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Author Topic: CA 99  (Read 1631 times)

Bobby5280

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Re: CA 99
« Reply #25 on: November 25, 2018, 11:27:38 AM »

In Google Earth bits of pieces of where the high speed rail corridor is planned are clearly visible from Madera down to Corcoran. A decent amount of clearing has taken place.
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Max Rockatansky

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Re: CA 99
« Reply #26 on: November 25, 2018, 11:58:47 AM »

In Google Earth bits of pieces of where the high speed rail corridor is planned are clearly visible from Madera down to Corcoran. A decent amount of clearing has taken place.

Not only that but a large amount of it south of Fresno is on already along existing rail right-of-way.  I drive over a portion of the excavations on Adams, South, and Manning Avenues on a regular basis.  Even the irrigation canals are being upgraded or shifted to accommodate the HSR.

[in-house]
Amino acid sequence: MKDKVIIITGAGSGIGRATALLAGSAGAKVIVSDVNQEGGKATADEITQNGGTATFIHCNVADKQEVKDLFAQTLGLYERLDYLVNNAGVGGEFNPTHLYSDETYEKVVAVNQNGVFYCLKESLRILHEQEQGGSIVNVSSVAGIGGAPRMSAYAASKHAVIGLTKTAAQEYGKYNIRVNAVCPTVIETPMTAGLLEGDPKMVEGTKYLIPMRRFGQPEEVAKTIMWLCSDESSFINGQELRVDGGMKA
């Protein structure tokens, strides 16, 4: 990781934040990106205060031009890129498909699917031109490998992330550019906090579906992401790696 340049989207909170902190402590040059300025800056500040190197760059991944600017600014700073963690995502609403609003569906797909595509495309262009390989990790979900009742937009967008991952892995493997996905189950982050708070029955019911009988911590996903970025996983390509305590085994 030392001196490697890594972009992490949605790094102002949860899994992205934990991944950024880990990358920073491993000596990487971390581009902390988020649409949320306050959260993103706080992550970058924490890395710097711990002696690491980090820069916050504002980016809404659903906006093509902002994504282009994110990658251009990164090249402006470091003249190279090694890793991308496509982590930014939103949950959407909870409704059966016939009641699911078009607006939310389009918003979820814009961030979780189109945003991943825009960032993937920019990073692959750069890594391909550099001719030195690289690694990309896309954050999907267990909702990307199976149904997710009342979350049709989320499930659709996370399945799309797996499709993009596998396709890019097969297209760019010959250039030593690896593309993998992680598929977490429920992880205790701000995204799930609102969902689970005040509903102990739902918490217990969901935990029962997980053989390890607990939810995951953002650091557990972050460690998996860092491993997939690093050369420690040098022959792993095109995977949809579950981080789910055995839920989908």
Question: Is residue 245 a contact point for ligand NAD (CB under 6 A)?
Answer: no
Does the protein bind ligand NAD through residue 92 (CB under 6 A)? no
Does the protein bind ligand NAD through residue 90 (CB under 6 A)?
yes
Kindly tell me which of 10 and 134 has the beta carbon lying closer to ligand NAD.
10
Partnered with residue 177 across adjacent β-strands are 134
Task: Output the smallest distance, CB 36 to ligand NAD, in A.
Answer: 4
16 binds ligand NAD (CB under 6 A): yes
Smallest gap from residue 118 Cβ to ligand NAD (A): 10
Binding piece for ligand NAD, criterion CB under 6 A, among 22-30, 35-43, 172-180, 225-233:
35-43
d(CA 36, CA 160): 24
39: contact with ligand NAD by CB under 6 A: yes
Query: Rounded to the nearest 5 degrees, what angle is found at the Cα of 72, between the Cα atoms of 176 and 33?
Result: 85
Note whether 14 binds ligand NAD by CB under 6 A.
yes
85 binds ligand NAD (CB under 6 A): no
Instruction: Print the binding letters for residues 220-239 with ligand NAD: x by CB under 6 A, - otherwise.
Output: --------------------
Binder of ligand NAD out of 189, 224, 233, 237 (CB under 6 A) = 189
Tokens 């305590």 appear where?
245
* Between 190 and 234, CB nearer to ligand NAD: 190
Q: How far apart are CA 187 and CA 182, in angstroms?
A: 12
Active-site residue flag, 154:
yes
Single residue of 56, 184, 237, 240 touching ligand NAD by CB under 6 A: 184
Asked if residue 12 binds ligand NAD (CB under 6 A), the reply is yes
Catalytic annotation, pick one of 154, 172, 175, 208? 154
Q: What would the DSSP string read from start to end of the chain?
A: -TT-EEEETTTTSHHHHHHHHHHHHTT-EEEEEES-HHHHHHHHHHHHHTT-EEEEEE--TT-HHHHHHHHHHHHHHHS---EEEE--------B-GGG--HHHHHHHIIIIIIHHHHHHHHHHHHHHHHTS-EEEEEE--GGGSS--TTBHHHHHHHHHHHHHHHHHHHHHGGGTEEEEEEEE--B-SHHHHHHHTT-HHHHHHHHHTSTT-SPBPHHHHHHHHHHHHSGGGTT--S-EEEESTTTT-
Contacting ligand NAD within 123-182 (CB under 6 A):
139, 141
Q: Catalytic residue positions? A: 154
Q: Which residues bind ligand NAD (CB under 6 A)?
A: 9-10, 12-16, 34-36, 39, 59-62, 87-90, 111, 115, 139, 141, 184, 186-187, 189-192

sparker

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Re: CA 99
« Reply #27 on: December 04, 2018, 02:47:49 AM »

In Google Earth bits of pieces of where the high speed rail corridor is planned are clearly visible from Madera down to Corcoran. A decent amount of clearing has taken place.

Not only that but a large amount of it south of Fresno is on already along existing rail right-of-way.  I drive over a portion of the excavations on Adams, South, and Manning Avenues on a regular basis.  Even the irrigation canals are being upgraded or shifted to accommodate the HSR.